Rebecca, by Daphne du Maurier
    Rebecca begins with one of the most mesmerizing first lines in literature—“Last night I dreamt I went to Manderley again.” Things only get more interesting from there. The unnamed protagonist marries Maxim de Winter and moves into his home, called Manderley. She struggles to live up to the legend of Maxim’s late wife, Rebecca, who was seemingly perfect. Mrs. Danvers, the maid, almost gets the protagonist to kill herself in despair. But one day, divers find a sunken sailboat that belonged to Rebecca, revealing that Rebecca was murdered. Maxim then tells the truth: Rebecca was a wretched woman who had multiple affairs—one, with her cousin, resulted in her pregnancy. When Maxim found out, he killed her. In yet another twist, we find out that Rebecca was lying to Maxim—she wasn’t pregnant, but was actually dying of a terminal illness. In the end Old Danvers burns the joint down and disappears. As for Maxim and the protagonist? Happily ever after.

    The Dinner, by Herman Koch
    In Howard Koch’s The Dinner, two brothers and their wives sit down for a meal to discuss the horrific crime committed by their sons. The cousins have been caught on camera attacking a sleeping homeless woman in an ATM, throwing trash and a container of gasoline at her, and then burning her to death. Koch makes it clear that the family is bonded by a common sociopathology. The family argues over what to do. Serge, a politician, wants to come clean about the boys’ crime. Enraged by Serge’s stance, his sister-in-law Claire attacks him, disfiguring his face. Claire urges her nephews to “take care” of Beau, Serge and Babette’s adopted son, who witnessed the crime and is blackmailing the boys by threatening to reveal what they did. At the end of the novel, Beau is missing, and one of the cousins comes home covered in blood and mud. Wonder what happened to him?

    Harry Potter And The Deathly Hollows, by J.K. Rowling
    In J.K. Rowling’s seventh and final installment in the Harry Potter series, it’s revealed that Harry is a Horcrux, and must be killed before Voldemort can be. Viewing Snape’s memories in the Pensieve, Harry sees Snape talking to Dumbledore and finds out that Snape’s been his protector all this time. Snape loved Harry’s mother, Lily Potter, and spent his entire life spying on Voldemort for Dumbledore. Meanwhile, Dumbledore had been steering Harry to sacrifice himself for the larger good. Good and evil are blurred once again when Harry survives and learns that Dumbledore loved him, even if he expected him to sacrifice himself. Ms. Rowling, you’ve tricked us again.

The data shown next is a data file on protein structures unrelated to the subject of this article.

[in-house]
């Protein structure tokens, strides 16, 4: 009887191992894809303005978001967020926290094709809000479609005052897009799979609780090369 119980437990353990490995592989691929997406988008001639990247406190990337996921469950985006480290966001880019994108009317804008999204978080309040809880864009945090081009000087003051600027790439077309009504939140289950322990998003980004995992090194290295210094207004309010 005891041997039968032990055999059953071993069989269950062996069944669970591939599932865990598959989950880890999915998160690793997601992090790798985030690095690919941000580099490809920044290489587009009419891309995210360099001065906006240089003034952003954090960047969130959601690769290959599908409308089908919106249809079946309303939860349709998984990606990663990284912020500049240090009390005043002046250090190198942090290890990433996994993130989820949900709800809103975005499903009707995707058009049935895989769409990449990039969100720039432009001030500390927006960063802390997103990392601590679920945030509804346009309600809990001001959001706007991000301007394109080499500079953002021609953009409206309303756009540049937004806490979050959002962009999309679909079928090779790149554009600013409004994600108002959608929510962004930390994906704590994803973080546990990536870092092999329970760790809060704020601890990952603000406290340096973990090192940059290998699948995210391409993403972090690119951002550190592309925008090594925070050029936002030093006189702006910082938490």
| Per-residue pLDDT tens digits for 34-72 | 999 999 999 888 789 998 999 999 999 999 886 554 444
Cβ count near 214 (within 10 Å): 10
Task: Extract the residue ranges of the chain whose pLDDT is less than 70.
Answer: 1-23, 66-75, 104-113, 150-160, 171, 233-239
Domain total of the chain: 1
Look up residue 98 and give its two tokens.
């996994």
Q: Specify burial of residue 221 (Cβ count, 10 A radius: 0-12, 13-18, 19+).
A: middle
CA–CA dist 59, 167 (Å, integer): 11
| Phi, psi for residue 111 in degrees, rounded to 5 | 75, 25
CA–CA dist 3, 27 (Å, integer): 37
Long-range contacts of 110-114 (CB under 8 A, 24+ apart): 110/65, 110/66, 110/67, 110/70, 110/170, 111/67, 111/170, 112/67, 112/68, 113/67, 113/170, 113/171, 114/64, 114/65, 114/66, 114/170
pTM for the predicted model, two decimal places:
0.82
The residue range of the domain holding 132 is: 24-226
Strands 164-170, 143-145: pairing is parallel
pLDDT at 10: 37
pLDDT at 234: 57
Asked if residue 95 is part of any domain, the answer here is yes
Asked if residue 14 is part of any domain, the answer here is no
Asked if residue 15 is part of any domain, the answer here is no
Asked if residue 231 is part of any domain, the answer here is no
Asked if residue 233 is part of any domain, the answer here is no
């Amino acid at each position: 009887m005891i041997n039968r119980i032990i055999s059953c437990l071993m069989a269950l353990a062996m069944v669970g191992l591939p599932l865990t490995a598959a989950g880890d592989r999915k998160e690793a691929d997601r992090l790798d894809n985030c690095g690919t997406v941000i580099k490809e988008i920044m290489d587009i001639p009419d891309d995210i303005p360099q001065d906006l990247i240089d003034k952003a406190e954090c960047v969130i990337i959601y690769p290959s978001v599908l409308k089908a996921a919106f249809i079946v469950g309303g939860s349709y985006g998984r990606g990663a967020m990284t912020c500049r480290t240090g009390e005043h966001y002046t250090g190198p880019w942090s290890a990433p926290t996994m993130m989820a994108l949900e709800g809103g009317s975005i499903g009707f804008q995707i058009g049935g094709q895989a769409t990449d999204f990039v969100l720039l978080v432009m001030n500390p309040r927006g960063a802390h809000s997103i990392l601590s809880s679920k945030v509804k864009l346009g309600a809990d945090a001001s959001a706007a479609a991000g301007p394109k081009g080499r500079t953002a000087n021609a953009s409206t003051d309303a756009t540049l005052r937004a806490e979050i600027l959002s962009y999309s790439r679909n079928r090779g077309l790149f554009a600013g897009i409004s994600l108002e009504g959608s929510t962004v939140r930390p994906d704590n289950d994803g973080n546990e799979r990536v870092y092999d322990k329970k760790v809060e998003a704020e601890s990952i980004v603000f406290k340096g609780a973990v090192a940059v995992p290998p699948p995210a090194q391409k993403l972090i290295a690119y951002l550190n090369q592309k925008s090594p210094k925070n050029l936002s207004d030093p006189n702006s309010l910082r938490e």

Rant, by Chuck Palahniuk
    This novel is an oral biography of protagonist Buster Landru “Rant” Casey, who has died. The reader gathers that Rant lived in a dystopian future where lower class citizens, called “nighttimers,” engaged in an activity called “Party Crashing,” a demolition derby where the crashers slam into each other in cars. The catch: if you crash in the right mental state, you’ll travel backwards in time. Rant disappears during Party Crashing, so his friends assume he’s time traveling. It takes some piecing together to figure out that Rant has been traveling back through time, raping his ancestors every thirteen years in an effort to become a superhuman. He isn’t one character; he is many. You can’t make this stuff up, but I guess Palahniuk did.

    Anna Karenina, by Leo Tolstoy
    Anna Karenina is about a lot of stuff, but the heart of the story lies with Anna and her downward spiral from captivating spitfire to insecure shell of a woman. The book is beautifully written. Much of its pleasure comes from the character studies and quiet plotting. Then, in one of the most shocking moments in literature, Anna throws herself under a train and dies and you are stupefied. One of my friends always says, of Anna Karenina, “if you only read one ‘old’ book in your whole life, have it be this one.” Agreed.

    Something Happened, by Joseph Heller
    You’ll spend more than 400 pages reading about not much happening, rolling around in the protagonist’s brain as he goes to work, cares for his son, and fantasizes about the secretary. I can’t tell you what happens, though. That would ruin the book completely. 

    Kidding, obviously. The whole point, here, is to ruin your enjoyment of surprising books!

    Slocum’s son is a weakling because Slocum never made him go to gym class. This son gets hit by a car. In sadness and despair, Slocum hugs him to death. I mean that very literally, not the new kind of “literally.” Slocum hugs his son until he dies from squeezing. 

    Even with the surprises spoiled, reading these books is still a worthwhile endeavor. You’re going to read all of them, right? What’s the best book twist you’ve ever read?